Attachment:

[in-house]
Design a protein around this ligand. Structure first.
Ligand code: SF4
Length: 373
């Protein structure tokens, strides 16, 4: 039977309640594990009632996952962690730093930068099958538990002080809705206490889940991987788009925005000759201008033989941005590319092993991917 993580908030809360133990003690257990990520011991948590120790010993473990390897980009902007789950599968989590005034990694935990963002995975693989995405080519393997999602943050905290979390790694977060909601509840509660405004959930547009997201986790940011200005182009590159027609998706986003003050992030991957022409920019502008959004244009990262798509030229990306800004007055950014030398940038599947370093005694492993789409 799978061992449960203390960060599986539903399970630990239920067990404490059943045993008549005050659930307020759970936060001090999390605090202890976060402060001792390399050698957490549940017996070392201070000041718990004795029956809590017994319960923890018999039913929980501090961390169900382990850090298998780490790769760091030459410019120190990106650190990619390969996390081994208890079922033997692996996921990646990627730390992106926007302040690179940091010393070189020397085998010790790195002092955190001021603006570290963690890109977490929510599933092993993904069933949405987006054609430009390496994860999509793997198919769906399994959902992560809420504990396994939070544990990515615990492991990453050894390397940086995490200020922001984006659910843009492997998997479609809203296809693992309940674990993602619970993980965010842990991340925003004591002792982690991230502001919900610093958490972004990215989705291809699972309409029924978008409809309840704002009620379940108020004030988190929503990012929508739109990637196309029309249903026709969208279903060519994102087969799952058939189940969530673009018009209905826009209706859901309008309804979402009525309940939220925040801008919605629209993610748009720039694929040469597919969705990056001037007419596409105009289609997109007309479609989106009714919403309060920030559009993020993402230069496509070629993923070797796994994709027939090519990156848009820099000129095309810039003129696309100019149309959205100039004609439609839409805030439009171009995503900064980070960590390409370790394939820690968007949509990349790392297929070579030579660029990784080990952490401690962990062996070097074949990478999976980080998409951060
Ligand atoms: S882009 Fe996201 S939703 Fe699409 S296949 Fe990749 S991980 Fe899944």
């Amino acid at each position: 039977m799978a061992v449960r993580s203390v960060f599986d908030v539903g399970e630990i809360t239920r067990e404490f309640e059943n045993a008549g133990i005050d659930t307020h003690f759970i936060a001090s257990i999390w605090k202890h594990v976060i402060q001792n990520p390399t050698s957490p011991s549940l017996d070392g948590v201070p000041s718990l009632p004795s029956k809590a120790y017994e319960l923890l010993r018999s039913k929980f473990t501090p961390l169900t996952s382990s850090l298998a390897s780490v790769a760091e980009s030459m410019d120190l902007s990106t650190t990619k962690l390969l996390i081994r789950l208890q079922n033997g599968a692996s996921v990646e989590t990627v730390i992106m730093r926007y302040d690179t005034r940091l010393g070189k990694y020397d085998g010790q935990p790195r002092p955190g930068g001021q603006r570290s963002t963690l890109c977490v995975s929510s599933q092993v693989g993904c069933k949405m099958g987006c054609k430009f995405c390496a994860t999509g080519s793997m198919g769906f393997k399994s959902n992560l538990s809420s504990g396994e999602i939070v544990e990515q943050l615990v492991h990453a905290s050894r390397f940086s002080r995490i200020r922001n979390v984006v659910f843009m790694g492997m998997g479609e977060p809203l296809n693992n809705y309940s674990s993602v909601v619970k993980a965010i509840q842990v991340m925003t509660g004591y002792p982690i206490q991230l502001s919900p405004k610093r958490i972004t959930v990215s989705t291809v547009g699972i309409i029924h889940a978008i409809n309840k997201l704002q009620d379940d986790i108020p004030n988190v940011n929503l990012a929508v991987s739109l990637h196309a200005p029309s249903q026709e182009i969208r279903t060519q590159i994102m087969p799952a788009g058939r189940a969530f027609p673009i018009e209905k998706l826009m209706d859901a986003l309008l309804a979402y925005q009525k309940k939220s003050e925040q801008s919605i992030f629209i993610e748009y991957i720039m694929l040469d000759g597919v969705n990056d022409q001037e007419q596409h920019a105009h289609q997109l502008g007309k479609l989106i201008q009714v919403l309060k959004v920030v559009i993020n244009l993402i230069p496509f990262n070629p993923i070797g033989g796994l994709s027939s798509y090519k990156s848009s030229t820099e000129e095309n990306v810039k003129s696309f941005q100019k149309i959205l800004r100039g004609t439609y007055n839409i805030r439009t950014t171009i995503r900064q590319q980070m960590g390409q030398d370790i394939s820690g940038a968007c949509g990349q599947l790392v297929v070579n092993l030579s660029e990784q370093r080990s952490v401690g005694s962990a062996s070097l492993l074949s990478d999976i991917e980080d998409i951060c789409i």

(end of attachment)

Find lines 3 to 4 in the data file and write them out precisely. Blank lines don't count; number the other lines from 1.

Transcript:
Ligand code: SF4
Length: 373